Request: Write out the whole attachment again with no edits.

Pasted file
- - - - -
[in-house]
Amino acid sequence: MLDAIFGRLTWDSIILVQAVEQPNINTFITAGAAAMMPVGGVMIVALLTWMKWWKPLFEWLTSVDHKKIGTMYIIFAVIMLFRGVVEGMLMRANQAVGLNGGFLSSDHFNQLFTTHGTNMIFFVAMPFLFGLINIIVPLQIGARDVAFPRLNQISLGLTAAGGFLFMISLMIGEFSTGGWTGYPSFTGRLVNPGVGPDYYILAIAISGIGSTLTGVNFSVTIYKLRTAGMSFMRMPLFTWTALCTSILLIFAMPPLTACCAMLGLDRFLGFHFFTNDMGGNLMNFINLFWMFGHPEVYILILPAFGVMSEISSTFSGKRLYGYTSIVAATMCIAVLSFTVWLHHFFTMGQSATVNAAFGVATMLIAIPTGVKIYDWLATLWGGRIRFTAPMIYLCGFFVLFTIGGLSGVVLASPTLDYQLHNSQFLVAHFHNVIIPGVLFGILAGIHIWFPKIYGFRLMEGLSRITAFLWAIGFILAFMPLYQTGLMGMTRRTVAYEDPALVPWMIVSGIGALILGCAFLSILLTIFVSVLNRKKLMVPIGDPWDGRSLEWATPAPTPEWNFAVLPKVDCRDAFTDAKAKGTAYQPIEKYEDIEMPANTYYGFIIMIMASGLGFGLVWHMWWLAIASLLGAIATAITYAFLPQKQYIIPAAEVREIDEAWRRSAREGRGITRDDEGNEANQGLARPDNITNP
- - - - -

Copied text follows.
[in-house]
Amino acid sequence: MLDAIFGRLTWDSIILVQAVEQPNINTFITAGAAAMMPVGGVMIVALLTWMKWWKPLFEWLTSVDHKKIGTMYIIFAVIMLFRGVVEGMLMRANQAVGLNGGFLSSDHFNQLFTTHGTNMIFFVAMPFLFGLINIIVPLQIGARDVAFPRLNQISLGLTAAGGFLFMISLMIGEFSTGGWTGYPSFTGRLVNPGVGPDYYILAIAISGIGSTLTGVNFSVTIYKLRTAGMSFMRMPLFTWTALCTSILLIFAMPPLTACCAMLGLDRFLGFHFFTNDMGGNLMNFINLFWMFGHPEVYILILPAFGVMSEISSTFSGKRLYGYTSIVAATMCIAVLSFTVWLHHFFTMGQSATVNAAFGVATMLIAIPTGVKIYDWLATLWGGRIRFTAPMIYLCGFFVLFTIGGLSGVVLASPTLDYQLHNSQFLVAHFHNVIIPGVLFGILAGIHIWFPKIYGFRLMEGLSRITAFLWAIGFILAFMPLYQTGLMGMTRRTVAYEDPALVPWMIVSGIGALILGCAFLSILLTIFVSVLNRKKLMVPIGDPWDGRSLEWATPAPTPEWNFAVLPKVDCRDAFTDAKAKGTAYQPIEKYEDIEMPANTYYGFIIMIMASGLGFGLVWHMWWLAIASLLGAIATAITYAFLPQKQYIIPAAEVREIDEAWRRSAREGRGITRDDEGNEANQGLARPDNITNP